Jamaican Jerk Chicken Recipe

Jamaican Jerk Chicken, served with French Fries and a Salad, in Jamaica. Photo by Veronica Hill.

Jamaican Jerked Chicken, served with salad and French Fries, is a special at Calico Jack’s in the Sea Splash Resort in Negril. Photo by Veronica Hill.

Who doesn’t love a good Jamaican Jerk chicken recipe? I certainly do, and it’s pretty easy to make!

Traditionally, jerked pork was the local’s favorite. It was loaded with a thick paste of peppers and spices, wrapped in plantain leaves and then buried in a hole filled with hot stones where it is baked. The word jerk’s origins are unknown; some believe it to be linked to the Dutch word gherkin, meaning “to pickle or marinate,” while others believe it refers to the jerking motion of turning the meat over the coals. 

The scotch bonnet pepper is what gives the dish its heat. “We use the scotch bonnet peppers for soups and sauces,” said Donnie Dawson, a Kingston native and West Coast regional manager for the Jamaican Tourist Board. “We put the whole pepper in the soup and take it out before it pops. It’s wonderful.” The scotch bonnet is also the key ingredient in jerk, a cooking style which dates back to the Arawak Indians. The natives taught this method of cooking to the Maroons, Jamaica’s runaway slaves who lived in the jungle interior, and now we’re teaching it to you!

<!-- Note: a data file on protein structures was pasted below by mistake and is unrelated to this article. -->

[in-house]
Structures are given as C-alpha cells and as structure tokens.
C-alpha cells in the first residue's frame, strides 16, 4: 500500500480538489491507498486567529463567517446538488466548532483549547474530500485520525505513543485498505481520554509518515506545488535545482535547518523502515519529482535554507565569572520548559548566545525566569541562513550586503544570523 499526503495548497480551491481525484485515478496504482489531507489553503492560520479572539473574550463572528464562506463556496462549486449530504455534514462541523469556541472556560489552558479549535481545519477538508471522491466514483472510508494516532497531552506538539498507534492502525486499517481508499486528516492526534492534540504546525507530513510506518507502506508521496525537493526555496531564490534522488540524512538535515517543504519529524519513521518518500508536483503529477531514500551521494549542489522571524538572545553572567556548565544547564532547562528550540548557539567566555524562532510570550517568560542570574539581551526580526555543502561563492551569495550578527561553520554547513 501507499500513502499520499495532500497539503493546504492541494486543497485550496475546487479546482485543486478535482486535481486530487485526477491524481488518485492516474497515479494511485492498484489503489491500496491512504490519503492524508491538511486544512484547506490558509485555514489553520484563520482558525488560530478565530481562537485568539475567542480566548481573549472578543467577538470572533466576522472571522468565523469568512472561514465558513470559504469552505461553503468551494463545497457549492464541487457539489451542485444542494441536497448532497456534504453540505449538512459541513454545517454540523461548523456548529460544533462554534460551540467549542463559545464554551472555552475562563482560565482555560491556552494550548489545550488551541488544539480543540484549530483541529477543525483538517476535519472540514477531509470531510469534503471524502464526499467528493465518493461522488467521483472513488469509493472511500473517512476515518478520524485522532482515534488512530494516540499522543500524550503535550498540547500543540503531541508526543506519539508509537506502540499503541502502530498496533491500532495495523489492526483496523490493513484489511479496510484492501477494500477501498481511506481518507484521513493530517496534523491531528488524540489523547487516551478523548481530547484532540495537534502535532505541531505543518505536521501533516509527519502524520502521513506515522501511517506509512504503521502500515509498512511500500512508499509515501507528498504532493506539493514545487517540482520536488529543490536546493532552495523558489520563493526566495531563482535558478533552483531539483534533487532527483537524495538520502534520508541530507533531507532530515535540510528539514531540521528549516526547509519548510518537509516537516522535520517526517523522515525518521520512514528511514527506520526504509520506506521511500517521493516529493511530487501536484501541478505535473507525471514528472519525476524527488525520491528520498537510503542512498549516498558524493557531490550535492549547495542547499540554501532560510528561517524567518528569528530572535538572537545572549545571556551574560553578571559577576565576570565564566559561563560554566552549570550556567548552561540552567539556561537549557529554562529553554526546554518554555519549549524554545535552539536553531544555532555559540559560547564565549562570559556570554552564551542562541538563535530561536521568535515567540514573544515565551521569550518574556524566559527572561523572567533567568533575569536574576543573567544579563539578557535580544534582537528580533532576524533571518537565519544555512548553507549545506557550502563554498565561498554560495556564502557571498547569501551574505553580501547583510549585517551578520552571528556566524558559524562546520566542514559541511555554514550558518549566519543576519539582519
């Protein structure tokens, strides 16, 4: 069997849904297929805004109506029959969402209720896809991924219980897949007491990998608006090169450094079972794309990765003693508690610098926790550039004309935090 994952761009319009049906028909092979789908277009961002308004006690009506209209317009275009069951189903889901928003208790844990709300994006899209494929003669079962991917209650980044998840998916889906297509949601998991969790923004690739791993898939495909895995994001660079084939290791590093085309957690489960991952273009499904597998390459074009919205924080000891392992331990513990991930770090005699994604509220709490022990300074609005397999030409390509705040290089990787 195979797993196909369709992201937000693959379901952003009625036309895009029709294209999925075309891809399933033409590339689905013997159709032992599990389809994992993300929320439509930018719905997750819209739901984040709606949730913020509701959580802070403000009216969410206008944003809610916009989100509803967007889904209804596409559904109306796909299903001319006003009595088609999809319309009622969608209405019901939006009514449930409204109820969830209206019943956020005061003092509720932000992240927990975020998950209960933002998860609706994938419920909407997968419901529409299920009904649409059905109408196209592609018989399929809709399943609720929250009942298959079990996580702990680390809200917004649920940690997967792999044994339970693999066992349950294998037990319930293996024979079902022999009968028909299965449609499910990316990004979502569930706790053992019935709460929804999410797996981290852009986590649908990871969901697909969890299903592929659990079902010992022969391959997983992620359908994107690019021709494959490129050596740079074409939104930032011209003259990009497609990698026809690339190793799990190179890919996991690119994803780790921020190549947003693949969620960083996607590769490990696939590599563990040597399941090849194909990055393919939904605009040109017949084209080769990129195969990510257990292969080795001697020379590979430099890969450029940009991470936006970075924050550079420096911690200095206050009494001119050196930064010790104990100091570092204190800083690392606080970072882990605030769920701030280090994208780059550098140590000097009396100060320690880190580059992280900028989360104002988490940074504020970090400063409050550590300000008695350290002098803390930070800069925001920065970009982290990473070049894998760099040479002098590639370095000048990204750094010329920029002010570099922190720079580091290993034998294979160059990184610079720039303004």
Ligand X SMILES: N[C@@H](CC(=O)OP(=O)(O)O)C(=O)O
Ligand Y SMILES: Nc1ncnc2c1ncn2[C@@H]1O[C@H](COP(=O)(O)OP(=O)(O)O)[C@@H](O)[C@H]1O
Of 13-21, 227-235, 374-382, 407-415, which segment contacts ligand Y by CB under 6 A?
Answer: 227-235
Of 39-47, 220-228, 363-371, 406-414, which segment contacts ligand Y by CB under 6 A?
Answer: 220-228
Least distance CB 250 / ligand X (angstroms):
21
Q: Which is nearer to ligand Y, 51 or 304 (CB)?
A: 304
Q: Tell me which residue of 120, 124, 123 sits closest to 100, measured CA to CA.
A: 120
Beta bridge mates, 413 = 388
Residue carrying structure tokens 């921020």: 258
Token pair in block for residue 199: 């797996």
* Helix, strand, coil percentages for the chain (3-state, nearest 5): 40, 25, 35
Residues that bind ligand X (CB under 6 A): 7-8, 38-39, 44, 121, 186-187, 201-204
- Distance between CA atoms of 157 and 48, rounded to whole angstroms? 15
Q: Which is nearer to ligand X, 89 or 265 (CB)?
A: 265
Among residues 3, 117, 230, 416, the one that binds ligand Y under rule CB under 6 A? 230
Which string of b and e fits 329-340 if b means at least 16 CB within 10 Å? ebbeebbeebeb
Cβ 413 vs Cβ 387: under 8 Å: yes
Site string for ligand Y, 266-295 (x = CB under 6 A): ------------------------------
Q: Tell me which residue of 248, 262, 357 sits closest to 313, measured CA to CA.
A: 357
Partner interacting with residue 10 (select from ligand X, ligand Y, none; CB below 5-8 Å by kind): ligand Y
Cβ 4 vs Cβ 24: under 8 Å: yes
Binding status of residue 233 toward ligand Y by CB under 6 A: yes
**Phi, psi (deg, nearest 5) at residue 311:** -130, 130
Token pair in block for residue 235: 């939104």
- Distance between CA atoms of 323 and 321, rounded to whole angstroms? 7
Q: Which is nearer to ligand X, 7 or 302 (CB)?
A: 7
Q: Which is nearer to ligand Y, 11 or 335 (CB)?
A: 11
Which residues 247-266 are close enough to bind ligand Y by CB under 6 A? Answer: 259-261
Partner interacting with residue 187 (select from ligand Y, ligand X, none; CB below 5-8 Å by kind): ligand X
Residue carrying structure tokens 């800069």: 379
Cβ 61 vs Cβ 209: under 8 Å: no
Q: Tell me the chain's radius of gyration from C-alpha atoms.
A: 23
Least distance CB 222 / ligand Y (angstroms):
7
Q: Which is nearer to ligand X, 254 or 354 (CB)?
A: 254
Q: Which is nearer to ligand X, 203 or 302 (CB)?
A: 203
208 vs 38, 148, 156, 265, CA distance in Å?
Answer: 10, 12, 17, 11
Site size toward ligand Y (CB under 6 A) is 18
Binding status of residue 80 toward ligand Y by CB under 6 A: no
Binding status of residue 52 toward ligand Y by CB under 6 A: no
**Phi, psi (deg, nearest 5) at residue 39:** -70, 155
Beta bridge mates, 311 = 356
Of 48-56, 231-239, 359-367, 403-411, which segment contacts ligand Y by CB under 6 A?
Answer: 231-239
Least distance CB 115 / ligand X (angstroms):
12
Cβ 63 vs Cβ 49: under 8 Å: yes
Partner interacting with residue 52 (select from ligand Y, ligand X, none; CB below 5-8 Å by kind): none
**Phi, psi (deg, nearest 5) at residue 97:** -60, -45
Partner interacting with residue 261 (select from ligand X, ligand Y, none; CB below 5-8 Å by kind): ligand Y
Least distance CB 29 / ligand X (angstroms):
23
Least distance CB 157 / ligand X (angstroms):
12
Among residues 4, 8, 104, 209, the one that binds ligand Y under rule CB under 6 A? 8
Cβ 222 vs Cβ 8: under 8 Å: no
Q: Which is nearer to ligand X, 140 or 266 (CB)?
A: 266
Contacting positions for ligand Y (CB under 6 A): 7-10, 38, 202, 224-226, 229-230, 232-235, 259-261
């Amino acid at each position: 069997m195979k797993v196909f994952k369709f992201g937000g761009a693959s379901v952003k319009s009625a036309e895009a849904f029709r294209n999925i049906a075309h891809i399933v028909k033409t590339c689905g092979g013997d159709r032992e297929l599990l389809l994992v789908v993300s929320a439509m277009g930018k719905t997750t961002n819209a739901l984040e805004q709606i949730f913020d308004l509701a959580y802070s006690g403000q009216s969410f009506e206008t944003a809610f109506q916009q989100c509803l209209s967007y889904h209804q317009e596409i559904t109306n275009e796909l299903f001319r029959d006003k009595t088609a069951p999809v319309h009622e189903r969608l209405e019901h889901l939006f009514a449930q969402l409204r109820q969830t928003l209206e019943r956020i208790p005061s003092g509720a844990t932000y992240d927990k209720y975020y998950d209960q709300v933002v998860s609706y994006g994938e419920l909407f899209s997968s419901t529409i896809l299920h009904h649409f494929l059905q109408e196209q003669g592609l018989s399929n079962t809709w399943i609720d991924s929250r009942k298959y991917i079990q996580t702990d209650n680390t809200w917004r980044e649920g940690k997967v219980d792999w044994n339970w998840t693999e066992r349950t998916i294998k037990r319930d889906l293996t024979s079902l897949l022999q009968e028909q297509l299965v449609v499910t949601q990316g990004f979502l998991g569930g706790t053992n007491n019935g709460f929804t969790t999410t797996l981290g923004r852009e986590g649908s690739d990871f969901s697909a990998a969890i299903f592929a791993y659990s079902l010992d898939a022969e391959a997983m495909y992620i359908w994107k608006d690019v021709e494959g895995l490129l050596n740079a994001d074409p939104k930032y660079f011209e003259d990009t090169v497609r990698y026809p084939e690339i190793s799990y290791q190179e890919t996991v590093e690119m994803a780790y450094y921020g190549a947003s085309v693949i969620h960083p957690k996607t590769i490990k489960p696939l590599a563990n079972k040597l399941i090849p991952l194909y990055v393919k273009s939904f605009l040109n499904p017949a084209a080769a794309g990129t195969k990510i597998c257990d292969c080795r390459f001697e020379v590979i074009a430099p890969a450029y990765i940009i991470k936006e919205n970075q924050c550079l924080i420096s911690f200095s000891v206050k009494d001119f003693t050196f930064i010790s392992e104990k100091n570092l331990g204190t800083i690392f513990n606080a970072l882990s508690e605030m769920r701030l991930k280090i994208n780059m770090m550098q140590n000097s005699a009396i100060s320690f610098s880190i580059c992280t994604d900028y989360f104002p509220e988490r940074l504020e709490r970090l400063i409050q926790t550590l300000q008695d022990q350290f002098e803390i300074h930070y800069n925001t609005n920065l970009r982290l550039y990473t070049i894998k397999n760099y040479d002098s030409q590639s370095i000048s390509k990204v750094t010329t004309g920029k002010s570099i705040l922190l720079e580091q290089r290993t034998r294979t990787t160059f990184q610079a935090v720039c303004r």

Jamaican Jerk Chicken Recipe


  • 1/2 cup ground allspice berries

  • 1/2 cup packed brown sugar

  • 6-8 garlic cloves

  • 4-6 Scotch bonnet (habanero) peppers

  • 1 tablespoon ground thyme or 2 tablespoons thyme leaves

  • 2 bunches green onions

  • 1 teaspoon cinnamon

  • 1/2 teaspoon nutmeg

  • salt and pepper to taste

  • 2 tablespoon soy sauce


  1. Put everything in a food processor and blend until smooth. Increase the amount of hot peppers and garlic if desired.
  2. Rub the meat (chicken, pork or beef) with the seasoning. If using a pork shoulder, score the fat and rub in. With chicken, rub under skin and in cavities.
  3. Marinate overnight. Grill over a low fire until done. Charcoal is best, but not essential. Chop meat into pieces, and serve with Jamaican Red Stripe Beer.
  4. Note: Sauce will keep indefinitely in the refrigerator.